The main limitations of this study include the small sample size for each of the groups used in the Moderating Analysis. The findings may also be conditioned by specific aspects of the study context, that is, accommodation websites. It is an occasional purchase service, which is subject to important restrictions like chosen destination, the time available for searching for and purchasing accommodation and budget, among others. Therefore, it would be very useful to repeat the study in other contexts such as the purchase of shows (cinema or theatre tickets), virtual supermarkets or the purchase of books or music.

In addition, Spain, as other Latin countries, scores high in uncertainty avoidance according to Hofstede's cultural model (Hernández, Aldás, Ruiz, & Sanz, 2017) and, so, it is reasonable to assume that Spanish consumers have greater risk aversion, which may bias the findings. To overcome this limitation, it would be very helpful to conduct cross-cultural studies to make comparisons with countries with different levels of risk aversion in order to ascertain how perceived risk affects online travel shopping behaviour.

Similarly, given that in this study perceived risk has not exercised the moderator effect that some authors postulated, it would be advisable in future research to look for other moderator variables that might lead towards a better understanding of online consumer behaviour. So, risk aversion or willingness to trust others may be more appropriate moderator factors than perceived risk (Ranaweera et al., 2008). The literature has also pointed out that the perception of the cost of switching may have a moderator effect on determinants of intention to switch or to continue with the same provider (Antón, Camarero, & Carrero, 2007; Bansal, Taylor, & James, 2005). On the basis that many authors consider perceived risk as a multidimensional construct, it would be interesting to see if different types of risk have a different moderator effects on the antecedents of online retention, given that it is possible that significant moderator effects might be obtained in this way. As our sample is formed by consumers with previous experience, we have measured perceived risk associated with using the website. A limitation is that this risk may be determined by other variables of the model. Therefore, we propose that a future research line should test the moderating effect of the general risk of online shopping.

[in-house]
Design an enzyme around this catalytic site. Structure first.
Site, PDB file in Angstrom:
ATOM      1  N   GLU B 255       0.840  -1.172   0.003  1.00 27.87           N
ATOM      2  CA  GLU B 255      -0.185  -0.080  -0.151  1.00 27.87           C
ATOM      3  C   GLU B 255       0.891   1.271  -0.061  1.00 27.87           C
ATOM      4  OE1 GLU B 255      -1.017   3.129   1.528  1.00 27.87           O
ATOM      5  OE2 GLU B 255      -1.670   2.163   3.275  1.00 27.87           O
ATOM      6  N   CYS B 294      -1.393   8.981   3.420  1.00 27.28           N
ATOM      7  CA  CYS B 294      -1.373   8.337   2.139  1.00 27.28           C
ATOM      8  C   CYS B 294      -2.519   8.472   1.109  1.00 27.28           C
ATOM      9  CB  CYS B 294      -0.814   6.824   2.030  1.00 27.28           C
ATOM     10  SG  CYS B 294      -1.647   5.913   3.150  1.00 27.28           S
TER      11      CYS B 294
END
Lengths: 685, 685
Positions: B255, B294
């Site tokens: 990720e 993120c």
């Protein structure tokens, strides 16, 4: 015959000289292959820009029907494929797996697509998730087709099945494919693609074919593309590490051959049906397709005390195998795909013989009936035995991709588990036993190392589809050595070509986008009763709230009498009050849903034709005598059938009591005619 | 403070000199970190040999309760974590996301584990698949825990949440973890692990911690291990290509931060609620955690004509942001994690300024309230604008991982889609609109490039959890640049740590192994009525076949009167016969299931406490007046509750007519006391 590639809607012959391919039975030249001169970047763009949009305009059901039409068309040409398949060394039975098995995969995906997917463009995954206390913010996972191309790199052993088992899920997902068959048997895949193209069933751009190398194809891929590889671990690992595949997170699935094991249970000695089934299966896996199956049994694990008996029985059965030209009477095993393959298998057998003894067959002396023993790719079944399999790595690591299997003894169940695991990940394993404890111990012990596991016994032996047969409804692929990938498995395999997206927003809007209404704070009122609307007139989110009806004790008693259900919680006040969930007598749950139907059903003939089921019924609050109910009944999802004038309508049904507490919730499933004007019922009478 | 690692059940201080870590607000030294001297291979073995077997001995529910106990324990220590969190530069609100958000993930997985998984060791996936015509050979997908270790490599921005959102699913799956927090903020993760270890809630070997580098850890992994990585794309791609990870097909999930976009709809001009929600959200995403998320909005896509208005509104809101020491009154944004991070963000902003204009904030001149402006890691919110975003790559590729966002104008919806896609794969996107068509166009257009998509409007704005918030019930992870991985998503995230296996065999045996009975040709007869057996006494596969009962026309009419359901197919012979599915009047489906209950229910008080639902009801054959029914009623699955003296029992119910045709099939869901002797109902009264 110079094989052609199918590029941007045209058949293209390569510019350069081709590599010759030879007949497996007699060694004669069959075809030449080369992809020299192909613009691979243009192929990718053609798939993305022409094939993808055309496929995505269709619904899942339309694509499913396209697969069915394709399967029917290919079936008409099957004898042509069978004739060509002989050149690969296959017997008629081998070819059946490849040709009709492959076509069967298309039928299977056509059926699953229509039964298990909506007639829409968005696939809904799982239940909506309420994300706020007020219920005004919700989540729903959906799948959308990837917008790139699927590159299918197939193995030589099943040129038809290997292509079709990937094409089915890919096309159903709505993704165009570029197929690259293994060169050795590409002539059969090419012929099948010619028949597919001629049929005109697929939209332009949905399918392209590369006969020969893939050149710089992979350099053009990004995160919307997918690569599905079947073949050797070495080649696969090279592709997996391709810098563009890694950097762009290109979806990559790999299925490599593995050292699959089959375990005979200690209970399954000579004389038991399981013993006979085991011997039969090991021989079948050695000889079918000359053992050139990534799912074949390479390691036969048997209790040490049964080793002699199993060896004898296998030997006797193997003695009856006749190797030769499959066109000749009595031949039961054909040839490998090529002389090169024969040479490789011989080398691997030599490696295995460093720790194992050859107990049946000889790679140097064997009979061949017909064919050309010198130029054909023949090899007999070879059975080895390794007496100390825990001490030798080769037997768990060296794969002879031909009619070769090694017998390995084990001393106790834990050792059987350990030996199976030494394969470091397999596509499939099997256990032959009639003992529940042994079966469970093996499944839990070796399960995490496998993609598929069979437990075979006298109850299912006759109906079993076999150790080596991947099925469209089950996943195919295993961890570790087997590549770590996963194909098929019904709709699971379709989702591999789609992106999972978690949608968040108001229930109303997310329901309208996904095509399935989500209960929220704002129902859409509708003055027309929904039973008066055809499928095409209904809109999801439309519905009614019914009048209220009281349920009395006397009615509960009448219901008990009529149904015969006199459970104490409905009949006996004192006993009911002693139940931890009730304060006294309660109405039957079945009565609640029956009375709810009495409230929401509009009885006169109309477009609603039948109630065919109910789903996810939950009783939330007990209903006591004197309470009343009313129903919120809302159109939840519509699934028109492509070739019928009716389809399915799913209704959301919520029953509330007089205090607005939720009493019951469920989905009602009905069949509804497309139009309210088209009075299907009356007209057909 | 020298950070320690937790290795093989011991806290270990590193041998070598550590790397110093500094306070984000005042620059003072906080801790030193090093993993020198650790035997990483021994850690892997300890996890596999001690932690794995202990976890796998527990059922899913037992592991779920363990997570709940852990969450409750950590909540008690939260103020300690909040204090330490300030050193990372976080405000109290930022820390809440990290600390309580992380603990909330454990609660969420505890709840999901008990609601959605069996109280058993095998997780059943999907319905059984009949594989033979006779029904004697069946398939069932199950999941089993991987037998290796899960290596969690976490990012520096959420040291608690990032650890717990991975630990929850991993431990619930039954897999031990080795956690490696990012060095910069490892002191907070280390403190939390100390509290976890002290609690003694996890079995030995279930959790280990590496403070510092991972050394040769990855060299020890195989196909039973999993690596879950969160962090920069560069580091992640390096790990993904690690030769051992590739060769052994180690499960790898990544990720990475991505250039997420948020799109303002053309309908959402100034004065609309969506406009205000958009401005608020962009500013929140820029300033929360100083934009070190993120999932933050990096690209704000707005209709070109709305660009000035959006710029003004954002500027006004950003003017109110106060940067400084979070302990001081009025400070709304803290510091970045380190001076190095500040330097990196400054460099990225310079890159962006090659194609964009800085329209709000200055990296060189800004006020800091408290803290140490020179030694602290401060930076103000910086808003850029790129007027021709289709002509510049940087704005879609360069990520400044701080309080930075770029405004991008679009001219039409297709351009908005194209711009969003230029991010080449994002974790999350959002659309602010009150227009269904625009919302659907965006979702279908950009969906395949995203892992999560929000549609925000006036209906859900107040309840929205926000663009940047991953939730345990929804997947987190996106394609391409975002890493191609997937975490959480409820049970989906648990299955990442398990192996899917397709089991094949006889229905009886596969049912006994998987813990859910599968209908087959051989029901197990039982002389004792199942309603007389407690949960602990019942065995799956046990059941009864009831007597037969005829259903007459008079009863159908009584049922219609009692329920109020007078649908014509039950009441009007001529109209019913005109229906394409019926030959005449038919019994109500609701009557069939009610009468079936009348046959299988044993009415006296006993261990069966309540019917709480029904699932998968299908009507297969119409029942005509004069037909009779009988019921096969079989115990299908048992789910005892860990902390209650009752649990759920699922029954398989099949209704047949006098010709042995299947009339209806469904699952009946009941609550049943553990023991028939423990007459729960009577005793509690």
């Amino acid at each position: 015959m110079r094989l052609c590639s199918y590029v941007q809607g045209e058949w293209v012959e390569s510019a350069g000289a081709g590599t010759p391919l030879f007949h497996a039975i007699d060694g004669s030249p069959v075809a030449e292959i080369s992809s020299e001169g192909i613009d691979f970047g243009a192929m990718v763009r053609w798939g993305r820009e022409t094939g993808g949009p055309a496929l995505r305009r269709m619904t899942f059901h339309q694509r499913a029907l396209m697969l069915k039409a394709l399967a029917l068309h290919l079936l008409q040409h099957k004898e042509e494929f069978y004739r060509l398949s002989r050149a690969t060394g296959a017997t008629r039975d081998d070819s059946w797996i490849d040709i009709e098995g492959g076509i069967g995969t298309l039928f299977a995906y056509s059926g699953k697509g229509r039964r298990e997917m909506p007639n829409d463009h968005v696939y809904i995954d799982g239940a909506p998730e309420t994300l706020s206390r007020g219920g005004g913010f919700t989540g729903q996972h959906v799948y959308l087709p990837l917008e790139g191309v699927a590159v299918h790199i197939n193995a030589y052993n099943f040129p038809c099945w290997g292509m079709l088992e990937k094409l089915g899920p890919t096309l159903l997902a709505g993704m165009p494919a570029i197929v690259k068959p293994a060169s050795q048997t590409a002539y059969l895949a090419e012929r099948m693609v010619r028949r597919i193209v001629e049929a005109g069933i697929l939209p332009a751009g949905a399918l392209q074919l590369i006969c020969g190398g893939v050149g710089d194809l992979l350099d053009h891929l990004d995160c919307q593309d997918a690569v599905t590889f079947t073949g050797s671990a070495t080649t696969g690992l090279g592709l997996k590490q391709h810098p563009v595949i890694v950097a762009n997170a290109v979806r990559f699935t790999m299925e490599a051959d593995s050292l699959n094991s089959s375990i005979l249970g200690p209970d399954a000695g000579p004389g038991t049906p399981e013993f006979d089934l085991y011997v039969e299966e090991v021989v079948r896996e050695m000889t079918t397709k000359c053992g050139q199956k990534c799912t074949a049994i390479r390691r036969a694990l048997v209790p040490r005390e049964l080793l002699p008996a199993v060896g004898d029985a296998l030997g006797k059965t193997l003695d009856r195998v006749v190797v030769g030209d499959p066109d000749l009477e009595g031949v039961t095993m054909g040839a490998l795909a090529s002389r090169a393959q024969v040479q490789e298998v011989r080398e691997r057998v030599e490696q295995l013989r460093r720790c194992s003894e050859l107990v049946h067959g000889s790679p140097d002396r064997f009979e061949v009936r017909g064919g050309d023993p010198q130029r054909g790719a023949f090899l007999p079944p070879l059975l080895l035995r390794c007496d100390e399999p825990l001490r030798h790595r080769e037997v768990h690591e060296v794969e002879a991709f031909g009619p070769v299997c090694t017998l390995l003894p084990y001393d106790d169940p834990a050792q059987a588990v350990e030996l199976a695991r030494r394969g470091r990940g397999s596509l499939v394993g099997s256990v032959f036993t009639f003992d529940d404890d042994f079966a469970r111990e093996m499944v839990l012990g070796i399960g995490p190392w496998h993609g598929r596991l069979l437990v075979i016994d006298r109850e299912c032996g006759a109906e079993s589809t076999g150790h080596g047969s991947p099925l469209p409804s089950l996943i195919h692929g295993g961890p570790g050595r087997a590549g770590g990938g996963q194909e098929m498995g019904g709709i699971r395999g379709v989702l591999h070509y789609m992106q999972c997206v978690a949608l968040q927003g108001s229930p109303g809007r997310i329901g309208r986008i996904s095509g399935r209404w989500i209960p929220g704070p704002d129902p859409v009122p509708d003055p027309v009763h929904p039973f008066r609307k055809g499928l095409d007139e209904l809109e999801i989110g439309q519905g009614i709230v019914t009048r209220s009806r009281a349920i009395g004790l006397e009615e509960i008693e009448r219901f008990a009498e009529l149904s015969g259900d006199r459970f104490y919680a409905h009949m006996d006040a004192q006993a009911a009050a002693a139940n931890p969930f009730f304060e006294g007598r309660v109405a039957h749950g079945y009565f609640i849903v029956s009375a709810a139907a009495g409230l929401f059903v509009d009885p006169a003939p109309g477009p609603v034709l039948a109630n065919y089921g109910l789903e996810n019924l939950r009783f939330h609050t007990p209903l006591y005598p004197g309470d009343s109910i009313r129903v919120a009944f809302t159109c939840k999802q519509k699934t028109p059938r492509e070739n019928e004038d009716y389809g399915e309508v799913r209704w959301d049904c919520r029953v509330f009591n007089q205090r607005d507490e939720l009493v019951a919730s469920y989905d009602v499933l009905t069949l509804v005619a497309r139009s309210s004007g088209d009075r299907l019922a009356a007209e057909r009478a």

Finally, it is proposed that other moderator variables beyond perceived risk, such as the kind of service used (e.g. reservation of flights, reservation of hotels, payment, etc.) be included in the model. Specifically, in the future it would be interesting to analyse the effects of satisfaction and reputation on trust, depending on the amount of previous purchases on the website (previous experience). It is likely that reputation will be more relevant when previous buying experience is low, whereas highly experienced buyers will take decisions on the basis of their own experiences (satisfaction).

Conflict of interest

None declared.

Acknowledgements

This work was supported by the Ministry of Economy (Spain) under Grant ECO2014-53837R.

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Corresponding author at: University of Valencia, Faculty of Economics, Department of Marketing, Av. Naranjos s/n., 46022 Valencia, Spain. (C. Ruiz carla.ruiz@uv.es)